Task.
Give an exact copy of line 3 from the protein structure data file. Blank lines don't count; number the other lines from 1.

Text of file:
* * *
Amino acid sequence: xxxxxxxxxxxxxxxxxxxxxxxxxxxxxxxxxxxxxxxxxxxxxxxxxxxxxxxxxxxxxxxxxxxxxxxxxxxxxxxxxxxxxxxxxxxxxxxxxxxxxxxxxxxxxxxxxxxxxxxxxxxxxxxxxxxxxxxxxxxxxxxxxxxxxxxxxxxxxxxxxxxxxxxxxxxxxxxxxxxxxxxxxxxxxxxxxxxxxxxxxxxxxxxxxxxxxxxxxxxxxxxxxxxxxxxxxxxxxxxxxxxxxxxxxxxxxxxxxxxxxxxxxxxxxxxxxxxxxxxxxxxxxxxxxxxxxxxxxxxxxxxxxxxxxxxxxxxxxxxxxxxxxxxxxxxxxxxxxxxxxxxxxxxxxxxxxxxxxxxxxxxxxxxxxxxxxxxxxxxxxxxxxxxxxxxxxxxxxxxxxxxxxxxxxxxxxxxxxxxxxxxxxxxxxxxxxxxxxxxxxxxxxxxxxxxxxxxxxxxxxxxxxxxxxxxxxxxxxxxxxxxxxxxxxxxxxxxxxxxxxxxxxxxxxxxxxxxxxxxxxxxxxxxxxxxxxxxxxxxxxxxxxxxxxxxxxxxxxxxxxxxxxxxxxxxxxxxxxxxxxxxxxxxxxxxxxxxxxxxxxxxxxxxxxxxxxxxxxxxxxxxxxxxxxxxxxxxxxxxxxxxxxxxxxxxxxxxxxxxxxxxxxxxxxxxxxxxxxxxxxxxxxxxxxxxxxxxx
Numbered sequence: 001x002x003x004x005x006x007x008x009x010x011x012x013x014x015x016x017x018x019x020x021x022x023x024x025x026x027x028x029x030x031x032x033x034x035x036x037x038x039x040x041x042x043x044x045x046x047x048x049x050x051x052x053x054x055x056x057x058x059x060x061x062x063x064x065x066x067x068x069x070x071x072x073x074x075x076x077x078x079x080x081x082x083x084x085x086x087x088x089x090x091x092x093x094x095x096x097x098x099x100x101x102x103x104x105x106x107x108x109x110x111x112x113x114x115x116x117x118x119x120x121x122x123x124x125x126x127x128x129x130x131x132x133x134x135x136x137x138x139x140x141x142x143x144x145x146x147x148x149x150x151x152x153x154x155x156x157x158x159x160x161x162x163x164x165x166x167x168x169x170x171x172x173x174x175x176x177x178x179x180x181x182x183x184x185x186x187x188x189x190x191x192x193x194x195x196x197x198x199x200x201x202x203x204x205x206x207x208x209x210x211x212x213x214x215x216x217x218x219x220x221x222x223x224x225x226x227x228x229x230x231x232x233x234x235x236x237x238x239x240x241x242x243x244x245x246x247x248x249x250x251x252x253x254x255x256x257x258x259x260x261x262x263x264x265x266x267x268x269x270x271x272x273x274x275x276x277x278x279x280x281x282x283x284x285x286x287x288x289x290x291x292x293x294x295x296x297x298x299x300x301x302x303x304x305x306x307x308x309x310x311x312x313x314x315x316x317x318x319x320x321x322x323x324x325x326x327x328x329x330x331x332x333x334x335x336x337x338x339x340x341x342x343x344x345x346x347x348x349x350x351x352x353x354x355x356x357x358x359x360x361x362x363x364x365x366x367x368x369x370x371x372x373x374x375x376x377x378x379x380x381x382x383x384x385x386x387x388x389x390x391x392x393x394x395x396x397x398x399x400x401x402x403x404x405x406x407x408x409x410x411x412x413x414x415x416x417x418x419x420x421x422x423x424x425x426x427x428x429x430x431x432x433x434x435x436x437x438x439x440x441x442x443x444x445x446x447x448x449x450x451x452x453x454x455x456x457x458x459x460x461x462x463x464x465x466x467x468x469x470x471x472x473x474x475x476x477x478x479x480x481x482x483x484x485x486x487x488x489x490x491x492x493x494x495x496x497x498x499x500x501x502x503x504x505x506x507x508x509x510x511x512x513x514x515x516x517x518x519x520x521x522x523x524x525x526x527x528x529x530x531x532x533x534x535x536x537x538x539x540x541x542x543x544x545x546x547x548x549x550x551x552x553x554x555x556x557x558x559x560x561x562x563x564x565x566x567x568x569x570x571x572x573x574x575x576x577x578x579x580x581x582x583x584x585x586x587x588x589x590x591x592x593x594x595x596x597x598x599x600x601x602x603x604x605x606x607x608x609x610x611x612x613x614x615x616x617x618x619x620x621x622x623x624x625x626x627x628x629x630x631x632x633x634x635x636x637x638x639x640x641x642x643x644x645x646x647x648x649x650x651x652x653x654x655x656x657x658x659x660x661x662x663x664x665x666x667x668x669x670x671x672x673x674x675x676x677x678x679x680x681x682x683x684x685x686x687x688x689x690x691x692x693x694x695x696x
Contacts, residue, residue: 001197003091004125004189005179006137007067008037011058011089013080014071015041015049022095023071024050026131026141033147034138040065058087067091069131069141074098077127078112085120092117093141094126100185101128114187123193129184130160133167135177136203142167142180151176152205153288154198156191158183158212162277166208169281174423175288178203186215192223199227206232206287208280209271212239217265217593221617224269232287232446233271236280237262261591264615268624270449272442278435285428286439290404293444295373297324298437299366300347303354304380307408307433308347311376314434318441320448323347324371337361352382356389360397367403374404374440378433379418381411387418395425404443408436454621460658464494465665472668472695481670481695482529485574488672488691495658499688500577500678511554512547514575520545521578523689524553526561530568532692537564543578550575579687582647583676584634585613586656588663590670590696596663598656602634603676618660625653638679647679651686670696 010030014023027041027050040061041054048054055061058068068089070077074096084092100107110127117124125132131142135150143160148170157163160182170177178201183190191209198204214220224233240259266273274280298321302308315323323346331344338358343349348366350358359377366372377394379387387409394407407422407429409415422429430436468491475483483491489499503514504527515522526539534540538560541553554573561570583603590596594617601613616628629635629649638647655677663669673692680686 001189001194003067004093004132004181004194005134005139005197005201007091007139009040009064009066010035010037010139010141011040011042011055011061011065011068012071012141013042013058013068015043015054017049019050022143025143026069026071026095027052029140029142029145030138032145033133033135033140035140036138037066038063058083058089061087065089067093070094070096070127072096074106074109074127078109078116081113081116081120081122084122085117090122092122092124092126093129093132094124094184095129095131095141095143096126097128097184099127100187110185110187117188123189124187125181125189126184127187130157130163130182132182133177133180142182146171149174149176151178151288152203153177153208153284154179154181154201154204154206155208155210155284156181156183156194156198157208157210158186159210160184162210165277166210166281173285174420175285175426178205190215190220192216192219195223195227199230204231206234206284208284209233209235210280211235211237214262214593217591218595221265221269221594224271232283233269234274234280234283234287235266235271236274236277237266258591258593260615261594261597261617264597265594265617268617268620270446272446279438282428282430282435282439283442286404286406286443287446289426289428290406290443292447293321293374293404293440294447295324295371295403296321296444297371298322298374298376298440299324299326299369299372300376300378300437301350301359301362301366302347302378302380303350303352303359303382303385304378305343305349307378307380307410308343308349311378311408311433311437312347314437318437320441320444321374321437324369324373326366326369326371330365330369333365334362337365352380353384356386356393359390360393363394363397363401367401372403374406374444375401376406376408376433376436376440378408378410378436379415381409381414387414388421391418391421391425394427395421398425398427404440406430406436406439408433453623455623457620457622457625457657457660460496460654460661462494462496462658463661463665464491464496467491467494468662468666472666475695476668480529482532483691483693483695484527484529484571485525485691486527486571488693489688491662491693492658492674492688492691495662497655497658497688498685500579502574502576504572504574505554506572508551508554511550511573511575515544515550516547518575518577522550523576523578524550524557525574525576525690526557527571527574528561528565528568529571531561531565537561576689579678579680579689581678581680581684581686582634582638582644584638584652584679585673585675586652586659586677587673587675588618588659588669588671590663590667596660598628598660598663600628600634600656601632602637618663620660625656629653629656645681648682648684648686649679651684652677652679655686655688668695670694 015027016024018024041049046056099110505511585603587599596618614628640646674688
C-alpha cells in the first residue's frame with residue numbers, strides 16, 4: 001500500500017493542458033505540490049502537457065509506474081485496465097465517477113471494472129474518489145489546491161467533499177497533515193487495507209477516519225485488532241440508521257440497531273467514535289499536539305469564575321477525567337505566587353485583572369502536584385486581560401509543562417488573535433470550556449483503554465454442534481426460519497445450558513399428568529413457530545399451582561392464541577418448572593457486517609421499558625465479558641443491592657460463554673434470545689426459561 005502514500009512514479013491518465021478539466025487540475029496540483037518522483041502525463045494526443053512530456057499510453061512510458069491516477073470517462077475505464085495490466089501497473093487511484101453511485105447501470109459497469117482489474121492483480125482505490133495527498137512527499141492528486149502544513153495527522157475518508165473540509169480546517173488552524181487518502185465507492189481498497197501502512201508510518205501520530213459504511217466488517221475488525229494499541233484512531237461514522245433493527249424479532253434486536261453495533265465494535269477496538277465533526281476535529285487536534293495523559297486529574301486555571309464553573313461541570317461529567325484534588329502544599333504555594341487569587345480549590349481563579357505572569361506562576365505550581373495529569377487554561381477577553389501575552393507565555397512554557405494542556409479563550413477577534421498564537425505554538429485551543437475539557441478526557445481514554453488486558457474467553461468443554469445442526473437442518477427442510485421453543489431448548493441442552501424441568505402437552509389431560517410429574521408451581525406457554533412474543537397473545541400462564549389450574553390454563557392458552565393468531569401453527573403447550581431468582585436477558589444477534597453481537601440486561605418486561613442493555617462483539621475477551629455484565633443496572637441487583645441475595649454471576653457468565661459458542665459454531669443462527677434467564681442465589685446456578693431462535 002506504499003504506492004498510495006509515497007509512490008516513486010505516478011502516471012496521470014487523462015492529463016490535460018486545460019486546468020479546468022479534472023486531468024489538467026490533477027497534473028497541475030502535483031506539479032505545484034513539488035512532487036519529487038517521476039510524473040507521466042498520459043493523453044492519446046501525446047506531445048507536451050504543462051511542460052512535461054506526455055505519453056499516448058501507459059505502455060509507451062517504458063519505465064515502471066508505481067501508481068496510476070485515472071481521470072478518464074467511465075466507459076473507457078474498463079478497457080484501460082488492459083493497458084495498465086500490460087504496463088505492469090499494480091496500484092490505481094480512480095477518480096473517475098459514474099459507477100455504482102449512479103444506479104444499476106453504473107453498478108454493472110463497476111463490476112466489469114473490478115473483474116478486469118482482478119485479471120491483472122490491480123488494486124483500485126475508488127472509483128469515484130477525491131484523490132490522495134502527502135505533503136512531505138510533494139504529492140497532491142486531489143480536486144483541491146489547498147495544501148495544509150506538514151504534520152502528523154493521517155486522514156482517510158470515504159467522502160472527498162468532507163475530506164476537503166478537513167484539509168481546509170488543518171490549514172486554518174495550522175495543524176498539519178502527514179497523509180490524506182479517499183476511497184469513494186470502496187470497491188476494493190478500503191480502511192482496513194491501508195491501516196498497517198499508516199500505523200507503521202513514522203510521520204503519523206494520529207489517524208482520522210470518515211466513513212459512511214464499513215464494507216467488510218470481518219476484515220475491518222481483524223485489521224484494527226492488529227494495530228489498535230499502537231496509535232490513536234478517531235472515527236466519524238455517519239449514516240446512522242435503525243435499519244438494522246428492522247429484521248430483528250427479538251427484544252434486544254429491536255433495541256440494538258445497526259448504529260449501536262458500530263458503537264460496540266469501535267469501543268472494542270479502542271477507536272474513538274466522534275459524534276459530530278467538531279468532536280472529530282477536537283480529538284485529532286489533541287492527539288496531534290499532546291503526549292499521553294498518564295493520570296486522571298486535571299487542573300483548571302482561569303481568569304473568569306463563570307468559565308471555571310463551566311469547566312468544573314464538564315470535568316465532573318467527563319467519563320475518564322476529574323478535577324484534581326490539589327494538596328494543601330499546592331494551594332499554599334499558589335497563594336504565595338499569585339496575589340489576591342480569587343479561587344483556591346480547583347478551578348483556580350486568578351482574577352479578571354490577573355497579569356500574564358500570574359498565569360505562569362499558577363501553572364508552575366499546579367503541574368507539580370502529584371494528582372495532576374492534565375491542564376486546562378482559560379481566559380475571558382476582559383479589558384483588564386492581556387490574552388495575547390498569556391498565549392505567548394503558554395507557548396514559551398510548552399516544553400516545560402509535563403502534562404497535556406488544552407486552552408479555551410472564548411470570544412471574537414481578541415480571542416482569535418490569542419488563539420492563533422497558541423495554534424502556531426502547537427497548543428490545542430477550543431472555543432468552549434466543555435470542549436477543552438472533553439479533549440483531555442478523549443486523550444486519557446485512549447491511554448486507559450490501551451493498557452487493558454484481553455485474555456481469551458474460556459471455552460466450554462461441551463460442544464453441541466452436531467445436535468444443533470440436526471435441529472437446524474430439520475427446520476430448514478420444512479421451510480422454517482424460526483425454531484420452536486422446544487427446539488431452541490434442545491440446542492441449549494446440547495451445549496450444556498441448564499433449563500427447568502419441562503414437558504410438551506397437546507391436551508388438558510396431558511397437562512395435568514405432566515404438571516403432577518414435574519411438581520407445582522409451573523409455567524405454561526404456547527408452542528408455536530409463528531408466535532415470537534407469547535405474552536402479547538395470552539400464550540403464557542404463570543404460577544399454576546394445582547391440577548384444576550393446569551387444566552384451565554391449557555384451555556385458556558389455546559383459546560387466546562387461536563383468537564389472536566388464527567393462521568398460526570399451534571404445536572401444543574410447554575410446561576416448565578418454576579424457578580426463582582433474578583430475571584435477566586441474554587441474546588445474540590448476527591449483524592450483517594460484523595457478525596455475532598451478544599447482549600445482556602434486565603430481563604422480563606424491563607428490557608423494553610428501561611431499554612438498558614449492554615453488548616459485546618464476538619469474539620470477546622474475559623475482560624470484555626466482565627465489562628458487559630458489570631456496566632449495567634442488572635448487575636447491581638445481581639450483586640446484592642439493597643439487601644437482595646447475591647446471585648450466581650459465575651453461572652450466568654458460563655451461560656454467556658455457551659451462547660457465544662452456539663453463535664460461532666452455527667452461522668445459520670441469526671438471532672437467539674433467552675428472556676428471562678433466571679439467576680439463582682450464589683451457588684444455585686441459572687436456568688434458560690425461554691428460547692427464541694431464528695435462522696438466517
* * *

Contacts, residue, residue: 001197003091004125004189005179006137007067008037011058011089013080014071015041015049022095023071024050026131026141033147034138040065058087067091069131069141074098077127078112085120092117093141094126100185101128114187123193129184130160133167135177136203142167142180151176152205153288154198156191158183158212162277166208169281174423175288178203186215192223199227206232206287208280209271212239217265217593221617224269232287232446233271236280237262261591264615268624270449272442278435285428286439290404293444295373297324298437299366300347303354304380307408307433308347311376314434318441320448323347324371337361352382356389360397367403374404374440378433379418381411387418395425404443408436454621460658464494465665472668472695481670481695482529485574488672488691495658499688500577500678511554512547514575520545521578523689524553526561530568532692537564543578550575579687582647583676584634585613586656588663590670590696596663598656602634603676618660625653638679647679651686670696 010030014023027041027050040061041054048054055061058068068089070077074096084092100107110127117124125132131142135150143160148170157163160182170177178201183190191209198204214220224233240259266273274280298321302308315323323346331344338358343349348366350358359377366372377394379387387409394407407422407429409415422429430436468491475483483491489499503514504527515522526539534540538560541553554573561570583603590596594617601613616628629635629649638647655677663669673692680686 001189001194003067004093004132004181004194005134005139005197005201007091007139009040009064009066010035010037010139010141011040011042011055011061011065011068012071012141013042013058013068015043015054017049019050022143025143026069026071026095027052029140029142029145030138032145033133033135033140035140036138037066038063058083058089061087065089067093070094070096070127072096074106074109074127078109078116081113081116081120081122084122085117090122092122092124092126093129093132094124094184095129095131095141095143096126097128097184099127100187110185110187117188123189124187125181125189126184127187130157130163130182132182133177133180142182146171149174149176151178151288152203153177153208153284154179154181154201154204154206155208155210155284156181156183156194156198157208157210158186159210160184162210165277166210166281173285174420175285175426178205190215190220192216192219195223195227199230204231206234206284208284209233209235210280211235211237214262214593217591218595221265221269221594224271232283233269234274234280234283234287235266235271236274236277237266258591258593260615261594261597261617264597265594265617268617268620270446272446279438282428282430282435282439283442286404286406286443287446289426289428290406290443292447293321293374293404293440294447295324295371295403296321296444297371298322298374298376298440299324299326299369299372300376300378300437301350301359301362301366302347302378302380303350303352303359303382303385304378305343305349307378307380307410308343308349311378311408311433311437312347314437318437320441320444321374321437324369324373326366326369326371330365330369333365334362337365352380353384356386356393359390360393363394363397363401367401372403374406374444375401376406376408376433376436376440378408378410378436379415381409381414387414388421391418391421391425394427395421398425398427404440406430406436406439408433453623455623457620457622457625457657457660460496460654460661462494462496462658463661463665464491464496467491467494468662468666472666475695476668480529482532483691483693483695484527484529484571485525485691486527486571488693489688491662491693492658492674492688492691495662497655497658497688498685500579502574502576504572504574505554506572508551508554511550511573511575515544515550516547518575518577522550523576523578524550524557525574525576525690526557527571527574528561528565528568529571531561531565537561576689579678579680579689581678581680581684581686582634582638582644584638584652584679585673585675586652586659586677587673587675588618588659588669588671590663590667596660598628598660598663600628600634600656601632602637618663620660625656629653629656645681648682648684648686649679651684652677652679655686655688668695670694 015027016024018024041049046056099110505511585603587599596618614628640646674688